Money / Social Security Planning

Social Security – What’s New in 2019

social-security-earnings-changes-colaCOLA & Earnings – What’s New In 2019

People who claim Social Security benefits before they reach full retirement age need to review the 2019 Social Security cost-of-living adjustment to determine whether changes may temporarily reduce their benefits.

“Employed people who also claim early retirement benefits need to be aware that there is a threshold in the amount of money they can earn, and any amount over that threshold means a temporary reduction in Social Security benefits,” said Dan Weber, founder and CEO of AMAC, the Association of Mature American Citizens. Weber recommends that people who are working while collecting Social Security benefits prior to reaching full retirement age should talk with their tax advisors.

For workers who receive benefits before your full retirement age:

For those born from 1943 to 1954 – If you claim Social Security Benefits before age 66, the earning limit will increase from $17,040 in 2018 to $17,640 in 2019. This means that Social Security will withhold $1 in benefits for every $2 earned above the limit.

For those who turn 66 (full retirement age) in 2019, the earnings will increase from $45,360 in 2018, to $46,920 in 2019. This means that Social Security will withhold $1 from benefits for every $3 earned over the limit – until the month you turn 66.

The earnings test ends once you reach full retirement, which is based on your birthdate as outlined by Social Security.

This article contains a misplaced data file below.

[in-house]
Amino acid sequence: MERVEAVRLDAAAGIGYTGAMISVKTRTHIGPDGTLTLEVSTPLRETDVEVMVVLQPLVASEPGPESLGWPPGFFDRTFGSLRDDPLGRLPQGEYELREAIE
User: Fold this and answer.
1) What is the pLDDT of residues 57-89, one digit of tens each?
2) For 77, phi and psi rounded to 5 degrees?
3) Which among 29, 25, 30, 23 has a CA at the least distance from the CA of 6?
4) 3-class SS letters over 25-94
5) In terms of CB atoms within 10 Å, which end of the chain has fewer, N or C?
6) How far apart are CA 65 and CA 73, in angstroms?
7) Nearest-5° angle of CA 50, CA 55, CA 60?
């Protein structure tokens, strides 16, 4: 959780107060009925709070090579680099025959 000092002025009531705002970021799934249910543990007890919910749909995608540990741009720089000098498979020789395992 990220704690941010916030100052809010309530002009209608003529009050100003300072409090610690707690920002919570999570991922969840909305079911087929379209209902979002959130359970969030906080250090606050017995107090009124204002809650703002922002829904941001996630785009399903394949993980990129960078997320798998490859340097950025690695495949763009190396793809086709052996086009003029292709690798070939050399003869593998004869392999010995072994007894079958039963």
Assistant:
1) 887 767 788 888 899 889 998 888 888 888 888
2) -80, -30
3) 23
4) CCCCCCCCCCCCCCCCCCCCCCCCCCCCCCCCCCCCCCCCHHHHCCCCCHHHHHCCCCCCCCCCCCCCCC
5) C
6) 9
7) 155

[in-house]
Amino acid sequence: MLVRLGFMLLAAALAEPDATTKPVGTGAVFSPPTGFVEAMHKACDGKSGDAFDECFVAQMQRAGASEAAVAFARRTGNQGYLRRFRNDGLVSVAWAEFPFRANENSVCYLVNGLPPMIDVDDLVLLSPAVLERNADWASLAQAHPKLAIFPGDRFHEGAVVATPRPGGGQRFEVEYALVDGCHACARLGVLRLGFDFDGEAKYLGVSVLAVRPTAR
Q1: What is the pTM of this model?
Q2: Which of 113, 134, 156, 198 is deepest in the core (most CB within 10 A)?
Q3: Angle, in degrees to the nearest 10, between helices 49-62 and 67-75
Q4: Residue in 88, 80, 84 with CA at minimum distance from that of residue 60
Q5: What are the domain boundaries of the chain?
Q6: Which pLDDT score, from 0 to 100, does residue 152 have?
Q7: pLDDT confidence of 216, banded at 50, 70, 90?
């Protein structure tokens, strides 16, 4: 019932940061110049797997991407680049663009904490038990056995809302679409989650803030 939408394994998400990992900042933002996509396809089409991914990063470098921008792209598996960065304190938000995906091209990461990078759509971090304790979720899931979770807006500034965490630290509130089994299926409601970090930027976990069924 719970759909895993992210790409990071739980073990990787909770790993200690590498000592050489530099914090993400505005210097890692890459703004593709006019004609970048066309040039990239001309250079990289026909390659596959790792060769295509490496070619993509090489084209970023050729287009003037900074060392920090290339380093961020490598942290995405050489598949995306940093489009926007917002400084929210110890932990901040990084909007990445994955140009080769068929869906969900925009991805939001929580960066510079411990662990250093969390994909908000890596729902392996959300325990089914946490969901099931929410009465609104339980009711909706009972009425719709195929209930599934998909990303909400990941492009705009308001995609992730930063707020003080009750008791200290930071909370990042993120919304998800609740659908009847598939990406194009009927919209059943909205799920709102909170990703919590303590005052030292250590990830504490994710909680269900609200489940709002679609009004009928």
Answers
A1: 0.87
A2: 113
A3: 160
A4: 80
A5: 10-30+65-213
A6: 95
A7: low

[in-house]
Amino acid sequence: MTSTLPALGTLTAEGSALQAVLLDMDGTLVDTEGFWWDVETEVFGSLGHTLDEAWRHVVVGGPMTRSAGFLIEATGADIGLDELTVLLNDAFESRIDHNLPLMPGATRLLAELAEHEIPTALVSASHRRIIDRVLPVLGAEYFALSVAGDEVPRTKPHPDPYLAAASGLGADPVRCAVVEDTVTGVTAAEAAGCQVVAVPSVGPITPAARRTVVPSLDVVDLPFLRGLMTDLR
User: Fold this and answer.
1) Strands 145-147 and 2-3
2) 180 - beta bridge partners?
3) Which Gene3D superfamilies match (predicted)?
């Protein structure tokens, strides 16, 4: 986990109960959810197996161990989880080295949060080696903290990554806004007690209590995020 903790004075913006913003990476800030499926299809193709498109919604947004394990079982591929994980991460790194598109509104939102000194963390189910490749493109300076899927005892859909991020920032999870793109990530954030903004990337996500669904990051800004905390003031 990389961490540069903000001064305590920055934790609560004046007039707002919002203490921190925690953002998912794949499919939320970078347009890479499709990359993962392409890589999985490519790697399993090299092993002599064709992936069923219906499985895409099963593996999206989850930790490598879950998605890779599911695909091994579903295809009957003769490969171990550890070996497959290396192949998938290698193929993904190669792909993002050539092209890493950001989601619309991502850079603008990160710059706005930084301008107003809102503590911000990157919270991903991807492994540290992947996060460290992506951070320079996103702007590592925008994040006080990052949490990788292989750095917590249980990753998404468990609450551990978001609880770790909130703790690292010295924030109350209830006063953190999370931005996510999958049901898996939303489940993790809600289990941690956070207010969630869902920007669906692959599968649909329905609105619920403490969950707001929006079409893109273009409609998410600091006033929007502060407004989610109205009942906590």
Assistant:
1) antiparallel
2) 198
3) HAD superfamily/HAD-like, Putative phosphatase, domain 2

Social Security Benefits Increase in 2019

The Social Security Administration announced that in 2019 an increase of 2.8% in benefits will be given to Social Security and Supplemental Security Income (SSI) beneficiaries. Increases in the consumer price index (CPI) affect the annual cost-of-living-adjustments, as determined by the U.S. Department of Labor.

In 2019, Social Security Beneficiaries will see an increase in the average benefits from $1,422 to $1,461. The maximum taxable earnings will also increase from $128,400 in 2018 to $132,900 in 2019. This means that earnings up to that limit are subject to Social Security tax.

Interesting Fact: Did you know you qualify for Social Security benefits when you have earned 40 Social Security “credits” –also known as “quarters of coverage.” In 2019, one credit now equals $1,360 in earnings (it was $1320 in 2018). AND, you can only earn 4 credits each year.

Medicare Note: The Part B Medicare Premium will increase from $134 in 2018 to $135.50 in 2019, for those individuals earning $85,000 or less, or joint filers earning $170,000 or less. The annual Medicare Part B deductible increased from $183 in 2018 to $185 in 2019.

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Steven Balek

How about providing information for Part D changes for 2019